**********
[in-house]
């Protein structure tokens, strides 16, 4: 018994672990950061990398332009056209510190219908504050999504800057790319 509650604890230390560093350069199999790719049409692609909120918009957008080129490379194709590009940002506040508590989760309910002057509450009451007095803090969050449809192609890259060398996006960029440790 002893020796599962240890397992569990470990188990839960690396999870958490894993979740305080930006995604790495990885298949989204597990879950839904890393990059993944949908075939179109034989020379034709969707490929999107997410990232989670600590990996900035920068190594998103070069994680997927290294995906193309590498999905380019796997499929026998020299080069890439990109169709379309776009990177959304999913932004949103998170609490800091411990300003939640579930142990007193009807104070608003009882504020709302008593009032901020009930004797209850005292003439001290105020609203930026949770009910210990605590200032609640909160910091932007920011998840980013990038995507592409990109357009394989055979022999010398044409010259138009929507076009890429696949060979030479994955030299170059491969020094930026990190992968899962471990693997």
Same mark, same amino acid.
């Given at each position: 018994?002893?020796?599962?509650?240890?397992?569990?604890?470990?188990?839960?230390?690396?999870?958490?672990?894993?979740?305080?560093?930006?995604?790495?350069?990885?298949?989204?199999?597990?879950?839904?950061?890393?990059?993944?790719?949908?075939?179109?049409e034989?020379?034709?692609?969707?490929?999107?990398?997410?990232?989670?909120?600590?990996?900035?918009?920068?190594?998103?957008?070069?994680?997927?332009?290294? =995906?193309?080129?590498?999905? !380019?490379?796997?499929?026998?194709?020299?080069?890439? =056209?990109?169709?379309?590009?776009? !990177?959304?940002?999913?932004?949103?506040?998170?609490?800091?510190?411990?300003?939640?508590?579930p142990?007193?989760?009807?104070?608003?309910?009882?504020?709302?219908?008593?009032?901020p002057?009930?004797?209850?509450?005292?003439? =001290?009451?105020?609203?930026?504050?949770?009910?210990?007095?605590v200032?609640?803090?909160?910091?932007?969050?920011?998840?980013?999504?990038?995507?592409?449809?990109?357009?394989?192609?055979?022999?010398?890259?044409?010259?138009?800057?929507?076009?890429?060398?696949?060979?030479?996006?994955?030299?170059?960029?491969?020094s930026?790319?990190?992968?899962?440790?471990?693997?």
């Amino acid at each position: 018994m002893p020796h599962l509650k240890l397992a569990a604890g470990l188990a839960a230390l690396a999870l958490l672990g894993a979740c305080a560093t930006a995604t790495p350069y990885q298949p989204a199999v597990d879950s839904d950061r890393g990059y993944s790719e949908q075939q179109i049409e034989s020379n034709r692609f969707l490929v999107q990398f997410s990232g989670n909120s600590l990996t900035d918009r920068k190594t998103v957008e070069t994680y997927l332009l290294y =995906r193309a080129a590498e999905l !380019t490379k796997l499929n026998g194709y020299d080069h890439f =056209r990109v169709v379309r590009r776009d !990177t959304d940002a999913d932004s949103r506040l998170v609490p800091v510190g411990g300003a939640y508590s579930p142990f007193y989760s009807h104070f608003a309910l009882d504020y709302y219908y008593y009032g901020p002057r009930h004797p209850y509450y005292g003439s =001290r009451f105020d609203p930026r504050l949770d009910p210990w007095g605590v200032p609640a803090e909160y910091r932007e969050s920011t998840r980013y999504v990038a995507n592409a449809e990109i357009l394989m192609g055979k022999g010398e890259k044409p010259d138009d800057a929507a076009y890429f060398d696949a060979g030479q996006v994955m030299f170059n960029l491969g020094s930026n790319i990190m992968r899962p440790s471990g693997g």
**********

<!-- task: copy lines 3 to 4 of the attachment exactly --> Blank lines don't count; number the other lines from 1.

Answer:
Same mark, same amino acid.
């Given at each position: 018994?002893?020796?599962?509650?240890?397992?569990?604890?470990?188990?839960?230390?690396?999870?958490?672990?894993?979740?305080?560093?930006?995604?790495?350069?990885?298949?989204?199999?597990?879950?839904?950061?890393?990059?993944?790719?949908?075939?179109?049409e034989?020379?034709?692609?969707?490929?999107?990398?997410?990232?989670?909120?600590?990996?900035?918009?920068?190594?998103?957008?070069?994680?997927?332009?290294? =995906?193309?080129?590498?999905? !380019?490379?796997?499929?026998?194709?020299?080069?890439? =056209?990109?169709?379309?590009?776009? !990177?959304?940002?999913?932004?949103?506040?998170?609490?800091?510190?411990?300003?939640?508590?579930p142990?007193?989760?009807?104070?608003?309910?009882?504020?709302?219908?008593?009032?901020p002057?009930?004797?209850?509450?005292?003439? =001290?009451?105020?609203?930026?504050?949770?009910?210990?007095?605590v200032?609640?803090?909160?910091?932007?969050?920011?998840?980013?999504?990038?995507?592409?449809?990109?357009?394989?192609?055979?022999?010398?890259?044409?010259?138009?800057?929507?076009?890429?060398?696949?060979?030479?996006?994955?030299?170059?960029?491969?020094s930026?790319?990190?992968?899962?440790?471990?693997?």